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Theater Review (San Diego): The Threepenny Opera at the San Diego Rep

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San Diego Repertory Theatre is presenting an excellent production of Brecht’s The Threepenny Opera. The show is Brecht’s retelling of John Gay’s 18th century Beggar's Opera, featuring Mack the Knife and assorted lowlife characters. While Gay meant to satirize society, Brecht meant to lacerate it and its bourgeois values. Brecht utilizes the musical genius of Kurt Weill to make his points, and Weill’s haunting yet biting score has helped The Threepenny Opera survive the years. Together they undercut the traditional safe forms of opera and operetta; the script has a political agenda, while the score incorporates Berlin cabaret music of the 1920s.

The Threepenny Opera had its legendary Off-Broadway debut in 1954 featuring Weill’s wife Lotte Lenya as Pirate Jenny. Marc Blitzstein's translation is the one that people are familiar with, partly owing to the popularity of Bobby Darin’s hit recording of "Mack the Knife." The show was revived again in 1976 with director Richard Foreman, with an English adaptation by Ralph Manheim and John Willet.

In 1989 Threepenny Opera opened on Broadway with Raul Julia in the lead, Jon Dexter directing, and a new, harsher translation by Michael Feingold replacing the "softer" Blitzstein. It is this later Feingold version that is used by director Sam Woodhouse in San Diego. I must admit I didn’t like the translation when I saw it on Broadway, but hearing it in the intimacy of the Lyceum Theatre, I came to really appreciate the words. This is mainly due to the outstanding direction by Sam Woodhouse, who knows not to lay it on the audience with a trowel but just present it with humor and humanity and let the words speak for themselves.

The cast of this production is first-rate. Lyle Kanouse is a milder Peachum than I have seen before, but he is still effective. Leigh Scarrit (Mrs. Peachum) dominates every scene she is in. Amanda Kramer as Polly has just the right mixture of ingénue and tough broad. Gale McNeeley is terrific as Tiger Brown, as is Amy Ashworth Biedel as his daughter Lucy. Lisa Payton Jartu seemed a bit young for Jenny, but she can sure sing. In fact the whole cast have wonderful voices.

The Threepenny Opera can rise and fall on the casting of Macheath. Jeffrey Meek is perfection. He is sexy, dangerous, suave, humorous, and a total cad. He sings very well too. Congratulations to Sam Woodhouse and his remarkable cast for a memorable night in the theater.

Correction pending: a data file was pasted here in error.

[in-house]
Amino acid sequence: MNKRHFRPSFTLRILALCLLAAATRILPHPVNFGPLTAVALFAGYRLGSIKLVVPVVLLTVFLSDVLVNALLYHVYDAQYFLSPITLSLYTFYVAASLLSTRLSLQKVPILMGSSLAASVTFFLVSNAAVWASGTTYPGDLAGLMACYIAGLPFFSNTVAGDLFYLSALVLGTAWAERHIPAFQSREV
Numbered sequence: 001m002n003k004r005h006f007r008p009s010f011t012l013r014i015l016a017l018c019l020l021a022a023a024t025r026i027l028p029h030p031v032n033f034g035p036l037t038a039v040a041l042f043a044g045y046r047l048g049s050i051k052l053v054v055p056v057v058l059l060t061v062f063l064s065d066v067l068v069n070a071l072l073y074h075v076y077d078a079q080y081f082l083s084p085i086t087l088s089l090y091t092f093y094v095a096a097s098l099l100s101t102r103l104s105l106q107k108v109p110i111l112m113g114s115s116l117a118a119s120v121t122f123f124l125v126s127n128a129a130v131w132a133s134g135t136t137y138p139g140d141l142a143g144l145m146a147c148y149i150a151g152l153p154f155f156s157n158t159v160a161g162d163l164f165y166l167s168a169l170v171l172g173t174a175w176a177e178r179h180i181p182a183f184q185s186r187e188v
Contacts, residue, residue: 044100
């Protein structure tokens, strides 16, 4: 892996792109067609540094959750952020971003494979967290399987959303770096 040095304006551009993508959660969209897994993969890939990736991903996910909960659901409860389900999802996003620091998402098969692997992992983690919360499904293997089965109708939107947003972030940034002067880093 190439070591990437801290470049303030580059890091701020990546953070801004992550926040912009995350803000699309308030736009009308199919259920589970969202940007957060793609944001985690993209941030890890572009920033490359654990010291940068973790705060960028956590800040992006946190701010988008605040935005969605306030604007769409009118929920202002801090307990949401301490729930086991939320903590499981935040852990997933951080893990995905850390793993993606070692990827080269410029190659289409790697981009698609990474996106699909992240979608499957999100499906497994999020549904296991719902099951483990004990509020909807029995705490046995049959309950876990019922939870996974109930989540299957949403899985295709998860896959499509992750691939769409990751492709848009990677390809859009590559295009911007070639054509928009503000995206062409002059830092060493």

The Threepenny Opera plays at the San Diego Rep through March 29.

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About Robert Machray

  • http://www.preferredseat.com/theatre.html Rick

    If you haven’t seen it yet, you should! We’ll be taking our parents next week.

  • Gale McNeeley

    Robert,

    Thanks for the great review on Threepenny Opera.
    I believe our paths crossed either in NYC or Cleveland. I was at Great Lakes the summer of 1970, and in NY 1970-76. I’m remembering 1776. Well, now I live in Santa Maria, do my own political satire and music, teach Commedia and Clown. You can see my work on U-Tube. Pope: The Musical.

    I’ll be teaching at Pitt in the fall and playing Scapin in the winter show.

    Just wanted to say high. It feels great to be called terrific! The last reviewer said I gave Tiger Brown a “doughty gloss.” I had to look that one up.

    Onward and upward,

    Gale McNeeley

  • Earl

    Once again, a live performance proves that raving reviews and hype does not a musical make.

    I just got home after a poor investment of time and money in this musical. Actually half a musical, we left at intermission.

    The playbill doesn’t say what translation this perfromance is based on, I thought it would be the newest by Wallace Shawn. Apparently I was wrong, it must be an older one. The new translation is called shocking, the older ones might shock a blue haired little old lady.

    Never assume, always ask.